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Traveling, or Not

The Huffington Post logo The Huffington Post 28/03/2016 Stanley Ely
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I ran into George on the street, a friend who lives in my building. The terrorist attacks in Brussels were raw, and he told me that he had collapsed into tears when he heard the news that evening. "I was in that city for a conference just last year," he said, shaking his head as the memory came back to him. "We had a great time. Belgium is such a fine country, so welcoming to new arrivals." A sad smile crossed his face. "Having dozens of their people killed and wounded are the thanks they got."
For me, I always planned to stop in Brussels, and have ended up only rushing through it more than once on a high-speed train between Paris and Amsterdam. How I regret what I've missed. Reports say that Brussels will recover, maybe less well than larger cities. It will likely be hard to shed scars of the tragedy that happened there on a March morning in 2016, all the more so since it was caused by citizens who lived in the town.
The neighbor in my building is younger than me, a hardy traveler who loves adventure. "I want to travel more," he said as we stopped on the sidewalk, but he will think of it more cautiously after late events in Paris and Brussels and even San Bernadino. He proposed a bit of irony. "You're lucky in a way," he said to me. "You've done most of the traveling you wanted to do."
Two or three short getaways are still on my schedule, but I recoiled to hear George's statement hurled at me so plainly. Still, he is right--I've made no big trips, no overseas trips, for a couple of years, and have more or less accepted the fact that those likely have ended.
What happens in that case? I've found myself mentally drifting back to a dozen and more times in Paris--sometimes staying for a while to study French--or Prague or Buenos Aires or St. Petersburg twice, acting as a surrogate for my mother who left Russia as a young girl a hundred years ago when Jews were subjected to pogroms--and never wanted to go back. Those were experiences I haven't wanted to forget.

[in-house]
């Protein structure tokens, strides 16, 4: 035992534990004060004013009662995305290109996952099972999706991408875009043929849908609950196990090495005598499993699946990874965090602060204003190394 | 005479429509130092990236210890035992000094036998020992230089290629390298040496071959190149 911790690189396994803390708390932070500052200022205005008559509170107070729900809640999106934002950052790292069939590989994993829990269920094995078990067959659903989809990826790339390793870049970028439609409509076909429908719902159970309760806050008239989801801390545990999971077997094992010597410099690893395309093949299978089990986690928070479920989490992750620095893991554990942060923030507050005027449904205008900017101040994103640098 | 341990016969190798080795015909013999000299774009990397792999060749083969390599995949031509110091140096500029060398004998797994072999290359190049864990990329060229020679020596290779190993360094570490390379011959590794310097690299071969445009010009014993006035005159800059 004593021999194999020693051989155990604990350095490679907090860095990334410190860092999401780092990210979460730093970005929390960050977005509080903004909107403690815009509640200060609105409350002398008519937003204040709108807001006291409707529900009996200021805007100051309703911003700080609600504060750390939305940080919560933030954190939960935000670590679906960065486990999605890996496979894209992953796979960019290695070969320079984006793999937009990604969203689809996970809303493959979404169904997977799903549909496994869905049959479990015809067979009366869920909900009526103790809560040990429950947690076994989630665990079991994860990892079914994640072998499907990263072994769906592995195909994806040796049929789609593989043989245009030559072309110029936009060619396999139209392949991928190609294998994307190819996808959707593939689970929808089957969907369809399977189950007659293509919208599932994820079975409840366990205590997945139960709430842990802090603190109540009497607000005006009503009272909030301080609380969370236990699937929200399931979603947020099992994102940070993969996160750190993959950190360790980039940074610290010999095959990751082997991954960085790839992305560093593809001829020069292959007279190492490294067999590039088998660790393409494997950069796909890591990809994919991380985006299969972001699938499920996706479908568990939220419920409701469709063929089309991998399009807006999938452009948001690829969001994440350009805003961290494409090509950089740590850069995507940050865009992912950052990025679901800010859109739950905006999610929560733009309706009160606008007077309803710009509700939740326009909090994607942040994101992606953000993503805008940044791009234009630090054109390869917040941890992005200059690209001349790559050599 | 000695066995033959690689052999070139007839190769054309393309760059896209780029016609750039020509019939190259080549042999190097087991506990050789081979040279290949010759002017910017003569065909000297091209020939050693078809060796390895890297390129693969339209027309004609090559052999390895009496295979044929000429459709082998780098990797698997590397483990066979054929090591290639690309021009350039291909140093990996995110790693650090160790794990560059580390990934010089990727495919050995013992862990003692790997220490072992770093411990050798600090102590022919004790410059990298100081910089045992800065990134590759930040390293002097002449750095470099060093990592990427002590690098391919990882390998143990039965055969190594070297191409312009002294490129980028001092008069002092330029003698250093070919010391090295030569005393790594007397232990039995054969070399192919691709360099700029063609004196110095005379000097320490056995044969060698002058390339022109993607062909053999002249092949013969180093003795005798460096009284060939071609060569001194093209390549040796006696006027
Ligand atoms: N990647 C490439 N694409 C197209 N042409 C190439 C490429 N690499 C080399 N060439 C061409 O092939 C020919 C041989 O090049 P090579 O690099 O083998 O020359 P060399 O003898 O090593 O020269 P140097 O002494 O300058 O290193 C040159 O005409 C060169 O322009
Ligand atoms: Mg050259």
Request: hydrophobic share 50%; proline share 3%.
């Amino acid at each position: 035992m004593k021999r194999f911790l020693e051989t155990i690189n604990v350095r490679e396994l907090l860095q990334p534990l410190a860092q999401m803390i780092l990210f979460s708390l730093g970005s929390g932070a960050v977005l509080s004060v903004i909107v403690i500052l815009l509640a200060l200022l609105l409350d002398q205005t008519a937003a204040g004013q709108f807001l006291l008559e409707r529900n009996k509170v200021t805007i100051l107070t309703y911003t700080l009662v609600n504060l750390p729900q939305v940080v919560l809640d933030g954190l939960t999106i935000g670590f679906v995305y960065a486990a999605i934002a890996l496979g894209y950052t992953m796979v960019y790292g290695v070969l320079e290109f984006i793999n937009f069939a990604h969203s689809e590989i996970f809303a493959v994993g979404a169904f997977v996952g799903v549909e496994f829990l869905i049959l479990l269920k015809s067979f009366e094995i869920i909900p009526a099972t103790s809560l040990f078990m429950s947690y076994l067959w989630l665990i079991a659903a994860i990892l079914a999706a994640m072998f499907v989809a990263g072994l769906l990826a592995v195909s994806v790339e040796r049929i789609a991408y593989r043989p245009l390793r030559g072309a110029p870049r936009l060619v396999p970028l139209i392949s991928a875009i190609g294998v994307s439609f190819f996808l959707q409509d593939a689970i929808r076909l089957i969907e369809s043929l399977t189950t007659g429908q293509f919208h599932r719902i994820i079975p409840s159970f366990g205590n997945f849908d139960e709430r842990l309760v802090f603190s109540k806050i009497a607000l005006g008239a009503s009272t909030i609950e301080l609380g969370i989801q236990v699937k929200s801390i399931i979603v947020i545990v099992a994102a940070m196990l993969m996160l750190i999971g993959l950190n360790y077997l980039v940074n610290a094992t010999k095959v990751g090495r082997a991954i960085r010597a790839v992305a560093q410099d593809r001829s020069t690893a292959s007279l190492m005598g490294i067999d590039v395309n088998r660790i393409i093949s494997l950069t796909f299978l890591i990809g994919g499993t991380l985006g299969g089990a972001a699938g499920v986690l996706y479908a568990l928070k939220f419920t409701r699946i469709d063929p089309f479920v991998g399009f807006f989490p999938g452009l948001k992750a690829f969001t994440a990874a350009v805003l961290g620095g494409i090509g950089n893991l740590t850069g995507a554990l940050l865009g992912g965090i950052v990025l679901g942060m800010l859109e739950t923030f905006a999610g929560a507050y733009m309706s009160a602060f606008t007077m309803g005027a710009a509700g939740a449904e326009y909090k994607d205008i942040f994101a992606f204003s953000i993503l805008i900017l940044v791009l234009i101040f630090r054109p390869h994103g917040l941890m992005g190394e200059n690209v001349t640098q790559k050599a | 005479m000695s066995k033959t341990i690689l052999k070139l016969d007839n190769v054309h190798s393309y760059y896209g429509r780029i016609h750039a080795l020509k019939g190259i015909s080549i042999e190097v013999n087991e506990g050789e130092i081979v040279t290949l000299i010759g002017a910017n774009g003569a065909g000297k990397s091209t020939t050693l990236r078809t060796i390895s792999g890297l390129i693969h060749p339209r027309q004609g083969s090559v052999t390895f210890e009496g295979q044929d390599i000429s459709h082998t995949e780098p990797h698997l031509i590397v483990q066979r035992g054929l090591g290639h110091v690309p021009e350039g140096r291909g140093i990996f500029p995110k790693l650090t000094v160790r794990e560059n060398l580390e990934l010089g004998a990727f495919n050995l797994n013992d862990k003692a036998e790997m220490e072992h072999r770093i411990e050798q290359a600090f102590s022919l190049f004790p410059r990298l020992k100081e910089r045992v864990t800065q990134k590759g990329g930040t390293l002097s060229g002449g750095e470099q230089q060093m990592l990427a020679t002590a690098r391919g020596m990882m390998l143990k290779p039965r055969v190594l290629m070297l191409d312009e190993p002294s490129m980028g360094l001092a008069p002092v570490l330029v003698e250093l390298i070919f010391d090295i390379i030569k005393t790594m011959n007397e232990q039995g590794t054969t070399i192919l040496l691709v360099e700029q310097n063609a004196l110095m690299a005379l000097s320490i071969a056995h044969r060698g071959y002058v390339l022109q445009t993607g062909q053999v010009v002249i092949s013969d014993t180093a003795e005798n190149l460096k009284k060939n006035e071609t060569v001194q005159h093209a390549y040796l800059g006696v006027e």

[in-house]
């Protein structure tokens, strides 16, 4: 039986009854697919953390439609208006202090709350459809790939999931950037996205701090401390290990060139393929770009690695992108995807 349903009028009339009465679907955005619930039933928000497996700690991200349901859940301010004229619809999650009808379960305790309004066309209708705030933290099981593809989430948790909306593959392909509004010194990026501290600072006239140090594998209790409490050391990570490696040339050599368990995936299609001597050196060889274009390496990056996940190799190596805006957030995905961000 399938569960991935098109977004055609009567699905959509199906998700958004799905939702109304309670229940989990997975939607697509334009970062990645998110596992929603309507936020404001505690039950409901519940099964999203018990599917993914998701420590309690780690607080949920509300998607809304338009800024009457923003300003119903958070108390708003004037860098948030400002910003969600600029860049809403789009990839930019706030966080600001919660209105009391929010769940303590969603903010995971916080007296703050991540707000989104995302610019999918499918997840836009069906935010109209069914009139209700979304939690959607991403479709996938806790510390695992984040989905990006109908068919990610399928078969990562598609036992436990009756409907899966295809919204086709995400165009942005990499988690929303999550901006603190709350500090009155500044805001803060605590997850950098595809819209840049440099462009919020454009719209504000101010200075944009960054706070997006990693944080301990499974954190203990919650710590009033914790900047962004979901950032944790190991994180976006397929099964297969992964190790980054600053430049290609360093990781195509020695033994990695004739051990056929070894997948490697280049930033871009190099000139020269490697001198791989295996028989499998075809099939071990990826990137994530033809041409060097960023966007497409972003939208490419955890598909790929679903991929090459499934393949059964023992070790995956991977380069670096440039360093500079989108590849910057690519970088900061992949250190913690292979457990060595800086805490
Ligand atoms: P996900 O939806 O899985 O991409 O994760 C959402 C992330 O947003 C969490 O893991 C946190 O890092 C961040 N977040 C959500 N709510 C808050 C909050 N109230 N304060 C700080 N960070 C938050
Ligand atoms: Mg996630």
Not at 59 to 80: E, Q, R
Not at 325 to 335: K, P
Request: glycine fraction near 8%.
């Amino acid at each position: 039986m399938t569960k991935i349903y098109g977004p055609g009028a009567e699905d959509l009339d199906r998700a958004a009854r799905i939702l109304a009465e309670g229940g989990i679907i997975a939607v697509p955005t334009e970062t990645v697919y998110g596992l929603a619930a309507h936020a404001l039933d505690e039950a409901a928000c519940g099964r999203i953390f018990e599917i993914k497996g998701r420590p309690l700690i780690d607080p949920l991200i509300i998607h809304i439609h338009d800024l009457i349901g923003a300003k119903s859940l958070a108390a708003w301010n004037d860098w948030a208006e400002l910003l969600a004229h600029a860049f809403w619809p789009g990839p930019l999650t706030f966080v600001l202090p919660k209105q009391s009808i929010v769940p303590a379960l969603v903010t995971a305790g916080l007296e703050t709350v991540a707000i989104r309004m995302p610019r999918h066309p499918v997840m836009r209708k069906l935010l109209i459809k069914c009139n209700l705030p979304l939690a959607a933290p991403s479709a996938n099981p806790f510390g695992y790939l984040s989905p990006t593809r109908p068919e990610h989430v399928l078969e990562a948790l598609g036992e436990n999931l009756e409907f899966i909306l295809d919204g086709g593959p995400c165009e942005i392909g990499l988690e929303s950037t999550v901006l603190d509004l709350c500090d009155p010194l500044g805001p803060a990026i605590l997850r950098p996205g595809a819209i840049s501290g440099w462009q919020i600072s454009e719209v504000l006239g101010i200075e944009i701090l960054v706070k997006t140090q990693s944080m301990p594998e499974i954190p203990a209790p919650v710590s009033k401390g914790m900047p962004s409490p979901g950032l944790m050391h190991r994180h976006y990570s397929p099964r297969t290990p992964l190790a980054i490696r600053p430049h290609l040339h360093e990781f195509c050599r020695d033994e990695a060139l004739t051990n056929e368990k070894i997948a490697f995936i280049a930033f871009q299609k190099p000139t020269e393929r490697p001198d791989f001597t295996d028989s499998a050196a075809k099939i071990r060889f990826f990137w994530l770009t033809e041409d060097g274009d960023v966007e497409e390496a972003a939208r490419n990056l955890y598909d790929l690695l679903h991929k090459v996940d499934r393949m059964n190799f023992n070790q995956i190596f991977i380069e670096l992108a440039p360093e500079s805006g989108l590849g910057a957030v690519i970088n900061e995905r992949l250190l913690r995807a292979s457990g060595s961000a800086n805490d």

Each time I went on a distant trip I recorded it in a journal, all of them now stored neatly in yellow envelopes high on a closet shelf. Some niece or nephew would one day like to read what Uncle Stanley did, I figured. I planned to re-read the journals myself, though as it has happened, I never have.
In those journals were wrapped up details of trips that have now ebbed away, of course. The feelings, the larger picture, remain in my mind, and I'm glad they do.
I'm not dwelling on my own travels now, but of trips that others need to rethink in view of recent trouble in Europe, with the possibility of more.
So much to be reconsidered: business conferences, trips for school groups made up of kids who had saved for the experience, study abroad programs for university students, and plain tourists anticipating a long hoped-for trip overseas. Questions on a lot of minds now to determine how those will play out.
Though I've missed going to Brussels, I've felt no less anguish than my neighbor. One of my best friends is a native of Belgium, with family living still in Brussels. He wrote me this week: "My sister goes to work using that same subway line (that was hit), and she passed through that station one hour before."
He added: "My heart sinks when I see the victims on the news, all extraordinary in their banality."
Just what the terrorists aimed for.
Stanley Ely writes about travel in his book, "Life Up Close, a Memoir" in paperback and ebook.

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